Gasometer Hotel

Thursday 24 May 2012

As usual, Thelma came to me but before we set out, I checked the BOM Melbourne radar site, the radio had been warning all day of storms so didn’t want to be caught out.  Actually BOM is  a favourite site of mine, because as a dog walker, it is very useful to know whether the dark clouds are serious or not.

It was my turn to pick so decided our destination would need to be on a tram track, to  give us an option in case of inclement weather.  Chose the Gasometer, in Collingwood. The last time we were there it was a mock Irish pub and Thursday night was “International Parma Night”. You know Hawaiian Parma, with pineapple, Italian with Napoli sauce and Mexican parma with salsa and guacamole .

As we were walking along Smith Street, it was a good chance for me to show Thelma Sharon’s big budgie. No, it not a euphemism; let me explain.   Sharon West, a friend, teaches visual arts at the Indigenous Arts Unit of the School of Art, RMIT University. Through her art she examines the relationship between settler and Indigenous cultures within the context of Australian colonial art history.

Sharon won the award for Excellence in Conceptual Photography at the Kodak Salon at the Centre for Contemporary Photography and part of her prize was to have her work displayed on bill boards in Collingwood.  Hence her big budgie and big magpie (quite appropriate for the streets of Collingwood) are on the wall of the Seven Eleven in Smith Street.  They are quite an impressive sight, as they are huge, imagine a pony size budgie. Interestingly, Sharon gets to keep the posters when they are taken down. Now given that they are the size of a regular billboard, we are wondering she will do with them. Feature wall in her flat, doona cover, thoughts?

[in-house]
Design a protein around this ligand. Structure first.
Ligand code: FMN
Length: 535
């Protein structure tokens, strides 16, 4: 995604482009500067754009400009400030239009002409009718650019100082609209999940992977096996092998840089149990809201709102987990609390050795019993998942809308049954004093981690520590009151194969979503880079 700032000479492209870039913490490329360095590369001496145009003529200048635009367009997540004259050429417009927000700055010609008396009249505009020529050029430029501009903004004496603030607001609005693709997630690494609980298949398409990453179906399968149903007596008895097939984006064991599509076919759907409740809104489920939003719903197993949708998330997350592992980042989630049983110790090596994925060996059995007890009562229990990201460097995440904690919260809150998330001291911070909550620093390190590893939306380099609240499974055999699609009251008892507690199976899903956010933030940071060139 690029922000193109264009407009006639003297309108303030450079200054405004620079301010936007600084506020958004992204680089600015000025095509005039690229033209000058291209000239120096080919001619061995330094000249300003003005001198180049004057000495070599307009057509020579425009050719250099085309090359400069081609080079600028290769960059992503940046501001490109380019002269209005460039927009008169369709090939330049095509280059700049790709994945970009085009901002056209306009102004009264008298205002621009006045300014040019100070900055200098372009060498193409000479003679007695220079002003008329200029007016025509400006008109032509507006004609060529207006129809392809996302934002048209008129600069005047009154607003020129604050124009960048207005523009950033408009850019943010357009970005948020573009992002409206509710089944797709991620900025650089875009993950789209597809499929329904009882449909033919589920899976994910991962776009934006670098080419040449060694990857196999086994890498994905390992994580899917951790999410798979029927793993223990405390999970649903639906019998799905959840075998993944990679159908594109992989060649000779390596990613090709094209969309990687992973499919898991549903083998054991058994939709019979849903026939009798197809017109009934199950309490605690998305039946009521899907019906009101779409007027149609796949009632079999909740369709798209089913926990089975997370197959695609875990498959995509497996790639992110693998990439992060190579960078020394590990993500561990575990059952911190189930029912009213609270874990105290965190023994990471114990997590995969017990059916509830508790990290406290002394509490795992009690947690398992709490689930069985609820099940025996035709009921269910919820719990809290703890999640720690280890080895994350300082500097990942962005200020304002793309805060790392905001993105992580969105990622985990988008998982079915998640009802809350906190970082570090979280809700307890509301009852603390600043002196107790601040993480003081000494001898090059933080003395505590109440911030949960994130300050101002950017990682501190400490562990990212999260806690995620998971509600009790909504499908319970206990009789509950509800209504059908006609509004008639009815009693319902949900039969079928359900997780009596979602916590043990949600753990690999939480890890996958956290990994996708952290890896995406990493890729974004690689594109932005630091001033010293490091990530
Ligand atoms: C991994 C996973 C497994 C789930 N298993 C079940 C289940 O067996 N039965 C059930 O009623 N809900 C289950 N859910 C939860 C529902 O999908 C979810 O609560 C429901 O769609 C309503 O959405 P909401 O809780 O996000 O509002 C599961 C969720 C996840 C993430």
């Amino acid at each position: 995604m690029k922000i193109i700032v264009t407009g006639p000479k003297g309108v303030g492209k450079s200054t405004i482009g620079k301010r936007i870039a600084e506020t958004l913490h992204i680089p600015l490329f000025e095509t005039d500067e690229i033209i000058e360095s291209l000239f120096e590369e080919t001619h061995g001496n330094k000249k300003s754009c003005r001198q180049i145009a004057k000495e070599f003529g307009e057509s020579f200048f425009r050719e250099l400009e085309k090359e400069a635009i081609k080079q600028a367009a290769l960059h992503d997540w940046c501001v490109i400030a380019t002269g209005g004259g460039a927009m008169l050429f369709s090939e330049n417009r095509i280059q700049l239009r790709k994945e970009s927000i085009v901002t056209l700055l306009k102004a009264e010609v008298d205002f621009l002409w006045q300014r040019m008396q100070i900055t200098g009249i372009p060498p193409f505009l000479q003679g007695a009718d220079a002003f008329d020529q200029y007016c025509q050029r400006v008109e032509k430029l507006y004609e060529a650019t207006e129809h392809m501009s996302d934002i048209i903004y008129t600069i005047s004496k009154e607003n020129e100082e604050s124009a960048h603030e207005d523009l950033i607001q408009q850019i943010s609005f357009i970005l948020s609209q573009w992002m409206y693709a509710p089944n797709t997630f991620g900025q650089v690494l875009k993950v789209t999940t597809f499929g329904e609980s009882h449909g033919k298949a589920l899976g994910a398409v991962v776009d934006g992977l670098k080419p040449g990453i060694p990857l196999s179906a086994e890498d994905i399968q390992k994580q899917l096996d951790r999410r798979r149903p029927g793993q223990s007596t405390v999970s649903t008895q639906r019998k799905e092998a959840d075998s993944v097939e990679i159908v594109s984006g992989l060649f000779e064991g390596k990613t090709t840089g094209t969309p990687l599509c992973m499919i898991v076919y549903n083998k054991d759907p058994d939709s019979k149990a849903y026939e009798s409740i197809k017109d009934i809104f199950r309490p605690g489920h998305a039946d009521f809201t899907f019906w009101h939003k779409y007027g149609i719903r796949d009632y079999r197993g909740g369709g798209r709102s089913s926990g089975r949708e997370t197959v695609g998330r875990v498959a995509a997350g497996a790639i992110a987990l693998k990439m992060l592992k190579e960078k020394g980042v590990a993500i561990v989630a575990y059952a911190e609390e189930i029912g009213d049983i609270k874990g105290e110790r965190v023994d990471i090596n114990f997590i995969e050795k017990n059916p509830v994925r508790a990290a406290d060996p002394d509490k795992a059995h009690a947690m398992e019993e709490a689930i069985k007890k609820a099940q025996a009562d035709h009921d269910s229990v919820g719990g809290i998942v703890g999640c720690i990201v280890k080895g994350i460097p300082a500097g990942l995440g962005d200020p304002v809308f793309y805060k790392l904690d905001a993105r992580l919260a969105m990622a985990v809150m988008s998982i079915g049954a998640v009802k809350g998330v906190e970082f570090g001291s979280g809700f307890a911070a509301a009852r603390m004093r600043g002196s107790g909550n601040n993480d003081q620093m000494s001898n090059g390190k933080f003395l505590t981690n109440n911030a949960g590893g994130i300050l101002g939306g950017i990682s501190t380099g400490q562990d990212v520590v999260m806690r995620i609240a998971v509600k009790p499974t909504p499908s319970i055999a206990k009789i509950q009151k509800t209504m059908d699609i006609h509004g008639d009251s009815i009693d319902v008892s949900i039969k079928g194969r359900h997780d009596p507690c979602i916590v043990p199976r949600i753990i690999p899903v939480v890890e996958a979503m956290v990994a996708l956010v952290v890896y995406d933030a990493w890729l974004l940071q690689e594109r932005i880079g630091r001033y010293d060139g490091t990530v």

Arriving at the Gasometer we were welcomed by the warmth of two open fireplaces. We discovered the focus of the cuisine has narrowed somewhat so from International Parmas, it now has an Eastern European focus;  Polish chicken, wiener schnitzel, meatballs with vodka and dill sauce and smoked salmon goulash. There was also two pages of vegan meals and they boast that there is a vegan only deep fryer and they don’t use any pre-made products.

What we ate: Thelma had wiener schnitzel, that was beef, not veal and made the profound comment that it tasted “beefy not veally’.  Most profound!

Me? I had the polish chicken and dumplings, I had a vision of meaty casserole and fluffy dumplings.  The reality was more like a poor version of Mum’s chicken casserole but without the meaty bits of chicken or the veg, (three bits of carrot and two of potato do not veggies make). What I got was dumpling like gnocchi, when what I had imagined was fluffy and substantial – ‘ my bad’ because had I thought about it I had had east European dumpling at Koliba Czech and Slovak Restaurant and was equally disappointed.